What happened? To begin with, Georgia was more effective limiting the big play. The Huskers had no run longer than 11 yards and completed no pass longer than 8 yards after the fumble. Ogletree and the rest of the interior defense became more active. Penalties also put the Huskers in a hole – their three drives following the fumble each had a false start with a punt or a turnover soon to follow. As many good things as there are to say about the Georgia offense, the transformation of a defense that looked lost and disorganized for much of the game was amazing. The biggest difference in this game and the horrible loss at South Carolina was that the offense was able to keep up until the defense figured it out. Without Aaron Murray shaking off his start and coming through in a big way, we’d be having some very different discussions about the other side of the ball.
- How clutch was Murray? Though he hovered at or below 50% for much of the game, there was this (courtesy of Bill Connelly): on third downs, Murray was 11-for-14 for 246 yards and two touchdowns.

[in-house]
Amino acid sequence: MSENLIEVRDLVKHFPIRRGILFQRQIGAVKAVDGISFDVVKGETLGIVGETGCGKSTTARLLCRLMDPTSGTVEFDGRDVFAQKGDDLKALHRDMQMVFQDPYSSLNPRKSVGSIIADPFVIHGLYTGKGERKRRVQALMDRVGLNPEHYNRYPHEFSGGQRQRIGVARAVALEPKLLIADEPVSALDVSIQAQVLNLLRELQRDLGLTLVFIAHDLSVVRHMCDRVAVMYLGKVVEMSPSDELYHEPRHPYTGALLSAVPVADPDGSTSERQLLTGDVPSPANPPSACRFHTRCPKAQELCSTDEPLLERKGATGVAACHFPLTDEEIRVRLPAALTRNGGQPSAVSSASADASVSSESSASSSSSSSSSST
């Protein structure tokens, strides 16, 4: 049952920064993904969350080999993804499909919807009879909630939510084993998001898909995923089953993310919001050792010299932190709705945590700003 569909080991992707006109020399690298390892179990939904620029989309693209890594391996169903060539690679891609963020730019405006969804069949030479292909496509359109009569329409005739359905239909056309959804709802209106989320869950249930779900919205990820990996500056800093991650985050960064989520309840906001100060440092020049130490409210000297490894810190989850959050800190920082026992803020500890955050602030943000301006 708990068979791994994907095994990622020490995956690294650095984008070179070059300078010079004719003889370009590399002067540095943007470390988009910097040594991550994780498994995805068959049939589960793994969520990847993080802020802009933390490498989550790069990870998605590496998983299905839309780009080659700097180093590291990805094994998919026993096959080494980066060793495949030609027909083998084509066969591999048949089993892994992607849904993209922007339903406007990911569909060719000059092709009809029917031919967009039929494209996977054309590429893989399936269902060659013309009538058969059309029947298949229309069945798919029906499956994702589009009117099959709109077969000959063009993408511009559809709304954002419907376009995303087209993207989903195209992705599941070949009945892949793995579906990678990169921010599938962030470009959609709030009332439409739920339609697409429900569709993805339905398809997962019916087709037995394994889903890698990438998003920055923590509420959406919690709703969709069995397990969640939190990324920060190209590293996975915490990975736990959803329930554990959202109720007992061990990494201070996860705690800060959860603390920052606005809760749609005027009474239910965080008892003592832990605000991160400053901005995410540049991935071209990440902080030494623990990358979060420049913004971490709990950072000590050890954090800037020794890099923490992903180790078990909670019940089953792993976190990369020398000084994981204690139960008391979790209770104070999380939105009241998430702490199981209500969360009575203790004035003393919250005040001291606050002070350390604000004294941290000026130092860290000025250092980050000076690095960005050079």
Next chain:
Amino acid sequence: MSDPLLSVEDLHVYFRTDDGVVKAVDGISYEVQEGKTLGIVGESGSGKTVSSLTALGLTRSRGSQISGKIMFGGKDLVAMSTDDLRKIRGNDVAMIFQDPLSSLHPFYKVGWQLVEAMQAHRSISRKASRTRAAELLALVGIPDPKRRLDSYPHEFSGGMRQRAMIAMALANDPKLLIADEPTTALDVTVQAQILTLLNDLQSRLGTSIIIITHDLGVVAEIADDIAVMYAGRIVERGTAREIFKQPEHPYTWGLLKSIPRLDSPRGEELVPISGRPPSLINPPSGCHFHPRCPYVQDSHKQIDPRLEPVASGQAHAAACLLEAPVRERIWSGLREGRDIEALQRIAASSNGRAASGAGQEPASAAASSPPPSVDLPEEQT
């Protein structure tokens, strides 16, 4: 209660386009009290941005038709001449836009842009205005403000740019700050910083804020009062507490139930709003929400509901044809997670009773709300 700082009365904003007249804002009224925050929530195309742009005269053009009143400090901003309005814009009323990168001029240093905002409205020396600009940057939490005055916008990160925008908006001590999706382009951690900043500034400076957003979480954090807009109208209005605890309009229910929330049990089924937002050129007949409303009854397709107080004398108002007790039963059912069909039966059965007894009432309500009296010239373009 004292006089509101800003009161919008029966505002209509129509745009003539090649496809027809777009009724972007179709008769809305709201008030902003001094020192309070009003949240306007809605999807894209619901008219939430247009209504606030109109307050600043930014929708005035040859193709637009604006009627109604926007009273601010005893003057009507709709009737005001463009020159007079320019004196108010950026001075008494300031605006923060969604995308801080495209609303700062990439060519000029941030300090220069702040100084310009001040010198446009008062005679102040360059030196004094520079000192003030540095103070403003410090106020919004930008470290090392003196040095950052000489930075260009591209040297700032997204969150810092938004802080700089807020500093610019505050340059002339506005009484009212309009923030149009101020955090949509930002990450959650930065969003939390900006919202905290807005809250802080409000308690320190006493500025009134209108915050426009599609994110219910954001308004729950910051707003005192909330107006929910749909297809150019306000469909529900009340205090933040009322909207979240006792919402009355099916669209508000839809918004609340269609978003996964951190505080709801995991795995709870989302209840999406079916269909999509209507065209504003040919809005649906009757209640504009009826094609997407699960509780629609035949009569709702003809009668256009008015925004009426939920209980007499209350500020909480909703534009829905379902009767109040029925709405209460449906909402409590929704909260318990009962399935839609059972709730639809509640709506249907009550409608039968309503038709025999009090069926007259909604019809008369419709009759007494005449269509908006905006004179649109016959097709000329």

- In 2002, Georgia went to Auburn with key receivers Terrence Edwards and Damien Gary out injured. When Malcolm Mitchell was lost to a concussion early in the game, that 2002 Auburn game was about as close as I could come to Georgia’s passing game facing such dire depth conditions in such a big game. Three of Georgia’s top four receivers were out, and Murray still put up prodigious numbers against a good pass defense.
- Of course in that 2002 game almost all of the load was taken up by one player, Michael Johnson. Murray and Bobo managed to come up with a diverse passing attack using whatever happened to be laying around. Tavarres King, as the lone veteran left standing, certainly did his part to go out on top, and he probably should have even had another score. Then there’s Conley. If you want to see SEC speed, watch his acceleration after the catch. Wooten nearly had a touchdown and made an important block to clear the way for Lynch to score. Scott-Wesley worked through a rough start to come up with big catches. McGowan got open for the two-point conversion.
- There’s a reason why Georgia was after an impact JUCO receiver like Cordarelle Patterson in last year’s signing class. He’d help any team, but Georgia’s depth at receiver wasn’t seen as a strength – especially with Mitchell claimed by the defense. This group was able to not only survive the loss of two, and eventually three, of its most experienced and talented members. It was able to thrive and become a big part of one of the nation’s top offenses.